Palestinian Ministry of Education and Higher Education
Producer/presenter on Palestinian satellite TV for the Jerusalem Center for Studies and Islamic Media programs

“For me Auschwitz means a difficult situation. It means collectively punishing. It means genocidal killing of civilian people…children, women, without any reason. This is what it means for me. It means evil things, a terrible past, and at the same time, it means hope. 

Why hope? Because the people here in Europe, with what they have faced in the past, they have overcome the discrimination, all the terrible things. And now they live with peace…with safety. This means we can, in the Holy Land, do the same thing. We can overcome our conflict, our wars, our people who were killed, and we can talk together to reach a peace.”

Muhamed Jusic, Bosnia
Islamic Theologian and Bosnian Columnist

“Coming from Bosnia, going through the experience of genocide and the 92-95 war, seeing what I saw here, it just saddens me to see these things keep repeating and we didn’t learn anything from history. After Auschwitz and Dachau, humanity said Never Again. But with the rise in the far right, self-evident in Europe in the same towns we visited, I wonder how sincere we were in that. I will do everything to have this not happen to my children or anybody in the world. We can’t change history but we must do whatever we can against such evil.”

Imam Umer Ahmed Ilyasi, India
Chief Imam of the All India Imam Organization (AIOIM), the largest Imam organization in the world, representing half a million Imams and two hundred million Indian Muslims 

“This is just the beginning of something which we have started. We will take it forward from here, on personal and professional levels. We should all remember we are all one family and cousins from the same root; we should strive to make us closer on every front. Amen.”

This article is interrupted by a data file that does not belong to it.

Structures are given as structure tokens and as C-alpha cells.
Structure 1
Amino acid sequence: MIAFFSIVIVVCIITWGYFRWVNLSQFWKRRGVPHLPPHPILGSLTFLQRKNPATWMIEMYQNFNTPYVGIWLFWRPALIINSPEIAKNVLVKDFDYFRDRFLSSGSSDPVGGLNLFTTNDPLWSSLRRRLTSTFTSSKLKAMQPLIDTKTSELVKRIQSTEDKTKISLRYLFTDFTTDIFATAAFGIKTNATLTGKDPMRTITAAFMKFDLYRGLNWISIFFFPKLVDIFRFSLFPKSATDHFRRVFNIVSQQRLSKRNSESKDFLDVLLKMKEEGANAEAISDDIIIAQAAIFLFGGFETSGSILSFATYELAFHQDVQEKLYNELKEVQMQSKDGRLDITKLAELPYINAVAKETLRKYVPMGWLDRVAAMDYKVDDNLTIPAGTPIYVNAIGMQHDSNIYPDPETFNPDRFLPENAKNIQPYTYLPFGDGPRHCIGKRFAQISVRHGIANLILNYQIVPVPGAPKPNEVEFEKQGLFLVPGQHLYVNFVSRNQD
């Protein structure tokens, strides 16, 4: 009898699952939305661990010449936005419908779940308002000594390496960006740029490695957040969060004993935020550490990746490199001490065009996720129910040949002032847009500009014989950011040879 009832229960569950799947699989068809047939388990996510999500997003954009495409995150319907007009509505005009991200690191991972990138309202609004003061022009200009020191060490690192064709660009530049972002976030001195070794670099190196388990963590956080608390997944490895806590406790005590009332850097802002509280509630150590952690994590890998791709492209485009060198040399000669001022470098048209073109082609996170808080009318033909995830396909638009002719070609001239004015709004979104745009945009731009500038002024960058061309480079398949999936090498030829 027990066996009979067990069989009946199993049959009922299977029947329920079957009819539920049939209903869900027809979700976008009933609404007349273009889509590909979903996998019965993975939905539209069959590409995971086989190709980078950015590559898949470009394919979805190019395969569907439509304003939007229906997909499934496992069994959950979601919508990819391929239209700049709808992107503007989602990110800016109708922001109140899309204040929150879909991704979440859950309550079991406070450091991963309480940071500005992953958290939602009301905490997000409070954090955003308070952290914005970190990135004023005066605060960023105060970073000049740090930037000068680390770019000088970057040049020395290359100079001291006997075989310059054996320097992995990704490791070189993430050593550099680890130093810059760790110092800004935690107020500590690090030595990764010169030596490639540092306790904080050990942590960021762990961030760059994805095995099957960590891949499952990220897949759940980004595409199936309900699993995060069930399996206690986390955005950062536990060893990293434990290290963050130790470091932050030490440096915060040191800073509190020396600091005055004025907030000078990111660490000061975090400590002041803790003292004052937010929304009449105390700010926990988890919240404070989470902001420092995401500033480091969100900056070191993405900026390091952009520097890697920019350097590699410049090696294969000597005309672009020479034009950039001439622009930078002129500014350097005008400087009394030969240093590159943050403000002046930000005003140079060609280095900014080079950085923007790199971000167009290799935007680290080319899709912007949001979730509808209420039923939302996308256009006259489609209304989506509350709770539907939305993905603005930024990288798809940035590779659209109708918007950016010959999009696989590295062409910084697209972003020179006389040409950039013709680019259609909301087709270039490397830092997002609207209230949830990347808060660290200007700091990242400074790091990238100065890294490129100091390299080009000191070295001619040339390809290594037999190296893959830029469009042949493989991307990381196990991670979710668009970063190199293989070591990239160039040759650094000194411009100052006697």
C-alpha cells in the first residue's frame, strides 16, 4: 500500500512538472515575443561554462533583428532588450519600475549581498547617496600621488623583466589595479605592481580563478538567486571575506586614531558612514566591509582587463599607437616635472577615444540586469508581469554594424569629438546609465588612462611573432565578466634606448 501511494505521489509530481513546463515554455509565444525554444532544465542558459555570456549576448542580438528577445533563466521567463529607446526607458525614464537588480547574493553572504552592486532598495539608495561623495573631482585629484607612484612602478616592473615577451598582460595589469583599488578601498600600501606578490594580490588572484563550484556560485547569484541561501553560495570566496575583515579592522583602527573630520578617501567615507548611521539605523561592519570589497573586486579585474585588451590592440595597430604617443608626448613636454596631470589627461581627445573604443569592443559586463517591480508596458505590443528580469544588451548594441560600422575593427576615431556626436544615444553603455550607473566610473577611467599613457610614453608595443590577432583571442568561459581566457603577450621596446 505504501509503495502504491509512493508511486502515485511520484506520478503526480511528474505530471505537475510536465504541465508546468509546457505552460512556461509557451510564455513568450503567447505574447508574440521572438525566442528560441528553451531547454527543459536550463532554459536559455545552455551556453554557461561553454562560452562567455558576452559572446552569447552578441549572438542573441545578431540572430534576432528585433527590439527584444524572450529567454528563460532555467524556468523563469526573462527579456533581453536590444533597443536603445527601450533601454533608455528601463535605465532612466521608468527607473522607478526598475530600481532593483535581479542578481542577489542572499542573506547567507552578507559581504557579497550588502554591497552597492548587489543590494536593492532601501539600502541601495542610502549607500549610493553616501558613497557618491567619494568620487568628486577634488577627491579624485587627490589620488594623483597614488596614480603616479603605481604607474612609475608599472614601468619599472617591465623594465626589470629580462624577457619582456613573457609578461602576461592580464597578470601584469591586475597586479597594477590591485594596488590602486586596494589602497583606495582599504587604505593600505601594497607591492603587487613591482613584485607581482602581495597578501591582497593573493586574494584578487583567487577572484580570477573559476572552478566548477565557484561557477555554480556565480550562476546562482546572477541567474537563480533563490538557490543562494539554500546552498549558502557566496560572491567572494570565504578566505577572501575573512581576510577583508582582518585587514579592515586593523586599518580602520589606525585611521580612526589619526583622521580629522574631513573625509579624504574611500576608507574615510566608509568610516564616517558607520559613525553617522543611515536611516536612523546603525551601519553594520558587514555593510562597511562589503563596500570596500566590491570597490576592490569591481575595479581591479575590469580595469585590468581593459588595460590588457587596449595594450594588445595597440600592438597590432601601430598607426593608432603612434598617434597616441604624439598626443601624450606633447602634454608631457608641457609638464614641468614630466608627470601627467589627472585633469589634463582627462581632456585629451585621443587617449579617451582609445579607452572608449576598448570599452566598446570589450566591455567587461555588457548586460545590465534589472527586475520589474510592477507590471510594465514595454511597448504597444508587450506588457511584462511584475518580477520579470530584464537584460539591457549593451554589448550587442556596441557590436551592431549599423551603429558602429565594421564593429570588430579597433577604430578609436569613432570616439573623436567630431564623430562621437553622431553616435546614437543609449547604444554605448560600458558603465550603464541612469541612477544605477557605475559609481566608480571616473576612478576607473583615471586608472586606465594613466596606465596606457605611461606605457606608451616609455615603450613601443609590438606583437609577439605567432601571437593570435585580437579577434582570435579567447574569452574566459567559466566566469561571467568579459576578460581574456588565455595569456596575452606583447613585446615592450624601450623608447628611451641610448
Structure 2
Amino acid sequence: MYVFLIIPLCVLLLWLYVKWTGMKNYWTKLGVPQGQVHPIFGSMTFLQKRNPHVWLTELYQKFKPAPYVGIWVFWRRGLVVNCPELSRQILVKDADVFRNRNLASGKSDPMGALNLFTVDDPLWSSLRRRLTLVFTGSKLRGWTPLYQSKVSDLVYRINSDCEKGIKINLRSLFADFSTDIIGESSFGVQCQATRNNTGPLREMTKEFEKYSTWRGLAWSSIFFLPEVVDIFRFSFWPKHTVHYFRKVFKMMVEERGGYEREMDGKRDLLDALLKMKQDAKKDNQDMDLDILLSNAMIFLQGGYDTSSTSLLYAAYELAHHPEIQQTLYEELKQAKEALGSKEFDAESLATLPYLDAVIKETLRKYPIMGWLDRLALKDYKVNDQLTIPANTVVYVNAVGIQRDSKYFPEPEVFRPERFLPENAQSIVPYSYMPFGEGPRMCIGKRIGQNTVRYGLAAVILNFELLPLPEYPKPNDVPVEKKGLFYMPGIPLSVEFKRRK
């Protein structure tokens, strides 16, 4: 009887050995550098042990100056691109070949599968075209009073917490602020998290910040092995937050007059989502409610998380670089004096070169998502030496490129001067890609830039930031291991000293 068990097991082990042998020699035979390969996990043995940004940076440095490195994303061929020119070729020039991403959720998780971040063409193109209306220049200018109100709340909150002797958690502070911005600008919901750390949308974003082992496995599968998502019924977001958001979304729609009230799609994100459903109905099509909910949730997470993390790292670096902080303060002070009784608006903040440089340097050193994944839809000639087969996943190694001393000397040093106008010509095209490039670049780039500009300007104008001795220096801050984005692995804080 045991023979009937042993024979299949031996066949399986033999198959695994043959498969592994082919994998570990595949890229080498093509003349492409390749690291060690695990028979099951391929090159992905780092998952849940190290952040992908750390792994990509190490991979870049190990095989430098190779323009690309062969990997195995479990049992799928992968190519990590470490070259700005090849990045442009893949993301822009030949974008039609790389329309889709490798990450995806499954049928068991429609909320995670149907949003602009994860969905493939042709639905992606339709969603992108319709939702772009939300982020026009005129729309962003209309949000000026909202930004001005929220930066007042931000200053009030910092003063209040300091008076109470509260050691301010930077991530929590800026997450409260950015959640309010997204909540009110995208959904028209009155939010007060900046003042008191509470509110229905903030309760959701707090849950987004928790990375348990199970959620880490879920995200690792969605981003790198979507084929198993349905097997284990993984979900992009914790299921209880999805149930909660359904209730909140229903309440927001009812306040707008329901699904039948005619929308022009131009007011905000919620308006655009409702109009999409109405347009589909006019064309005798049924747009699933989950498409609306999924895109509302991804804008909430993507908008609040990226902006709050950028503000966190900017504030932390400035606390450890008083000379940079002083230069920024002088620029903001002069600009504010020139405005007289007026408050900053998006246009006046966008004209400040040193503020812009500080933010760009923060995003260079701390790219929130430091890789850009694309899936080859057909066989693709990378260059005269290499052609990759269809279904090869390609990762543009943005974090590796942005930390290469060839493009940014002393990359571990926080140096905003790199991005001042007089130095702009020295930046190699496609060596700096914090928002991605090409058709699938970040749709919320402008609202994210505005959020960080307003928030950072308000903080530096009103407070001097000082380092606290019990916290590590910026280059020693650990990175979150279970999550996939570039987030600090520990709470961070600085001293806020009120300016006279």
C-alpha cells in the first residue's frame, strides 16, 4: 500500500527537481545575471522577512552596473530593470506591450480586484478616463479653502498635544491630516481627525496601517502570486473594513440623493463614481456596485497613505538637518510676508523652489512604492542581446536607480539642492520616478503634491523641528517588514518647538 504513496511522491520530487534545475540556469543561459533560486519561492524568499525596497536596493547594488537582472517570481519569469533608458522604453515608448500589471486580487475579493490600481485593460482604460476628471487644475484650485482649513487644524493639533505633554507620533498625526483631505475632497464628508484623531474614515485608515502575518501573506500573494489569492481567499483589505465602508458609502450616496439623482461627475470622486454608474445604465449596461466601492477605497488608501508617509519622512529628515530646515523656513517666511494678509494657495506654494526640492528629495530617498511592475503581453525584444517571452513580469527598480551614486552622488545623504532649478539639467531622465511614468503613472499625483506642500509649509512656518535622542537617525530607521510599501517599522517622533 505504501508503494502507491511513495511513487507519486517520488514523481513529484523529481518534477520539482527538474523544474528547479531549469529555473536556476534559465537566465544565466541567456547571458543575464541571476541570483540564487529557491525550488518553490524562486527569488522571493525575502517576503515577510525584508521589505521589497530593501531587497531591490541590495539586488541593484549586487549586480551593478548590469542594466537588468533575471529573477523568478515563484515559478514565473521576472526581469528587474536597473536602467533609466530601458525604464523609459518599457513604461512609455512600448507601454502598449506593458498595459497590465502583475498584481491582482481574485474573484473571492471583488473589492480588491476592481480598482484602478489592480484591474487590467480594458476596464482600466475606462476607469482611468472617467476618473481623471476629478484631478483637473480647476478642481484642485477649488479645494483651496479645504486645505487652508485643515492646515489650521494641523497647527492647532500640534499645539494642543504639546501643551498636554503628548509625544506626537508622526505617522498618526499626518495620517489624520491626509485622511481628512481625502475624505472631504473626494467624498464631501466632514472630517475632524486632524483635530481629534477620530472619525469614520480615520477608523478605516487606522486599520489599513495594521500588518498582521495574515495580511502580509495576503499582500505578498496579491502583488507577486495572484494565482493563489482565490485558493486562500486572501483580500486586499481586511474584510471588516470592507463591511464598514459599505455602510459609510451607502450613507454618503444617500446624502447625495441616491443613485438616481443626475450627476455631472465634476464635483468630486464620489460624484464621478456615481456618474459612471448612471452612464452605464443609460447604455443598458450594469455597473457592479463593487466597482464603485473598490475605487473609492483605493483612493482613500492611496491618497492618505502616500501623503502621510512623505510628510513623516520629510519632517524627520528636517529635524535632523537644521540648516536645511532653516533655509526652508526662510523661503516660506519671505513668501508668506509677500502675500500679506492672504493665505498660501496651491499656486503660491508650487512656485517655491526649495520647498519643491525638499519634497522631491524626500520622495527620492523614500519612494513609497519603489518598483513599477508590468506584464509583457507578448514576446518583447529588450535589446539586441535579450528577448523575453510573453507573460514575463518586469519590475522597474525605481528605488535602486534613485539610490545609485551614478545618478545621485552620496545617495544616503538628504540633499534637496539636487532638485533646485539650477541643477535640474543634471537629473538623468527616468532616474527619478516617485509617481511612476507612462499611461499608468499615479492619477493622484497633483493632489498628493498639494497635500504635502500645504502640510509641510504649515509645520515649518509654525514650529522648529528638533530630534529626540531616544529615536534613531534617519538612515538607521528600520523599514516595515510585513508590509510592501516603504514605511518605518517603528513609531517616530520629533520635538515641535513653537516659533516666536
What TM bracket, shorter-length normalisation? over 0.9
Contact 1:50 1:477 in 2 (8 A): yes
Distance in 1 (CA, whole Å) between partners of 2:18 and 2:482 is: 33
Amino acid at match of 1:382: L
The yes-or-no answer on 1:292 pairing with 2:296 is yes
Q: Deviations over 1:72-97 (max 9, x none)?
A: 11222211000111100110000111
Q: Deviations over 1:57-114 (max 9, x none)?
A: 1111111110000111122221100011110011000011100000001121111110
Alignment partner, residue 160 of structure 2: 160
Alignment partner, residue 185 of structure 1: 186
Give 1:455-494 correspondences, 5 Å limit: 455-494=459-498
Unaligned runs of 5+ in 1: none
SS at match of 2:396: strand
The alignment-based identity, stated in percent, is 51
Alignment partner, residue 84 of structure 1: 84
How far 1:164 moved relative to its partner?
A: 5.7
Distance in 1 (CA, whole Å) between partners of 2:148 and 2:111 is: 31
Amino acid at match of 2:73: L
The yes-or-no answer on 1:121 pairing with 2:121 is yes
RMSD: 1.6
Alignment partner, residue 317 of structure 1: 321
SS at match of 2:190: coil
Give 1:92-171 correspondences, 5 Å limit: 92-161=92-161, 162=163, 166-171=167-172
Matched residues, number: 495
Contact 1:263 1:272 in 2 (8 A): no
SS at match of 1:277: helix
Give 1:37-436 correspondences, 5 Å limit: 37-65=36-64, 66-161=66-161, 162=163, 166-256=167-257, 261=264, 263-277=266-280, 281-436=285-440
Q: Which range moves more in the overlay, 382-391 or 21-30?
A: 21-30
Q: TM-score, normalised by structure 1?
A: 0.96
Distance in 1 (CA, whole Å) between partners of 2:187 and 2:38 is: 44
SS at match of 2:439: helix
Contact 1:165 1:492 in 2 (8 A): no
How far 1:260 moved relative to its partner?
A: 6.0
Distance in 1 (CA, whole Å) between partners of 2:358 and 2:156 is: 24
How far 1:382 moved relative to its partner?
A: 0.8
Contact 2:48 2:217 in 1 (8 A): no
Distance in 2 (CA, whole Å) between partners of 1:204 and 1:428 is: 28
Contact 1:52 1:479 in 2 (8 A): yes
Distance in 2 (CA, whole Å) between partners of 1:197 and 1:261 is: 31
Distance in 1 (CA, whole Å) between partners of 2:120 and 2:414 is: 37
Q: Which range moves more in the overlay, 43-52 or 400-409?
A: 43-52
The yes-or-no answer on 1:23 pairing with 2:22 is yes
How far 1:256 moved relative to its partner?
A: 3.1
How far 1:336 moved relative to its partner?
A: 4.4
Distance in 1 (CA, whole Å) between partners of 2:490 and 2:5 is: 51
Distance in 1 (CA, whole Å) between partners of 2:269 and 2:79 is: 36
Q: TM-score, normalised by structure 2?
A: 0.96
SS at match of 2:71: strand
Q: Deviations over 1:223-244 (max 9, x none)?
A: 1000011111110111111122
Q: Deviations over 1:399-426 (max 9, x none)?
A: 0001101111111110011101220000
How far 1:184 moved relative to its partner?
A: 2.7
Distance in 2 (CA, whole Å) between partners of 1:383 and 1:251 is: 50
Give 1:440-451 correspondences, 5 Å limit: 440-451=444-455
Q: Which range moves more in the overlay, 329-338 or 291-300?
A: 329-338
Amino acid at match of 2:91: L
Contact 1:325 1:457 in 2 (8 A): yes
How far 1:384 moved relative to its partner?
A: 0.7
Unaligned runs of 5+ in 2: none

Dr. H. Abd Rahim Yunus, Indonesia
Professor of Islamic History at Alauddin State Islamic University of Makassar Vice Chairman of the Indonesian Ulema Council of South Sulawesi 

“There is no acceptable argument in good common sense or conscience that can justify the barbaric acts as committed by Nazi Germany; moreover, measured by the value of religious views, the action is so damned. In the view of Islam, humans are the most noble creature (Q 17:70), whoever kills one man, it is as if he all men (Q.5:32); and whoever saves one man it is as if he saved all lives (Q.5:32).

The incident of the Holocaust that killed 12 million human beings, 6 million of them Jews, means I will and must invite my brother Muslims and Arabs to accept the presence of Jews in the State of Israel, living side by side with other countries in the world, especially in the Middle East. In addition, I also invite my Jewish brothers to provide a place for our brother Arabs (Muslims and Christians) to establish their state in Palestine. They must not be left stranded in exile. The two countries should co-exist peacefully. Without this peace, the threat of human massacre remains constant and relentless, both present and future.”

Dr. Safi Kaskas, Saudi Arabia
President and CEO of Strategic Edge Management Consultants
Board member of Trac5, which works on faith-based conflict resolution 

“After seeing Auschwitz, I feel that I shall no longer be silent when witnessing injustice. For not speaking against injustice is a betrayal to being a part of the human race.

In Dachau we listened to a survivor. He was in his nineties and he very eagerly and emotionally told the tragic story of his survival. I was very moved until his last comment, which hit me like a truck. He said half jokingly:  ‘We are still the most hated minority in the world.’ I felt like my heart was pulled out of my chest. This man is still feeling injustice. He is still suffering. After all the suffering the Jews have been through, as it is evident in Dachau and Auschwitz, it is high time for them to be what their Creator meant for them to be; a blessing to their neighbors. And instead of accepting that they are a hated minority, they should become, through living their belief and telling their stories, the example for all of humanity to follow.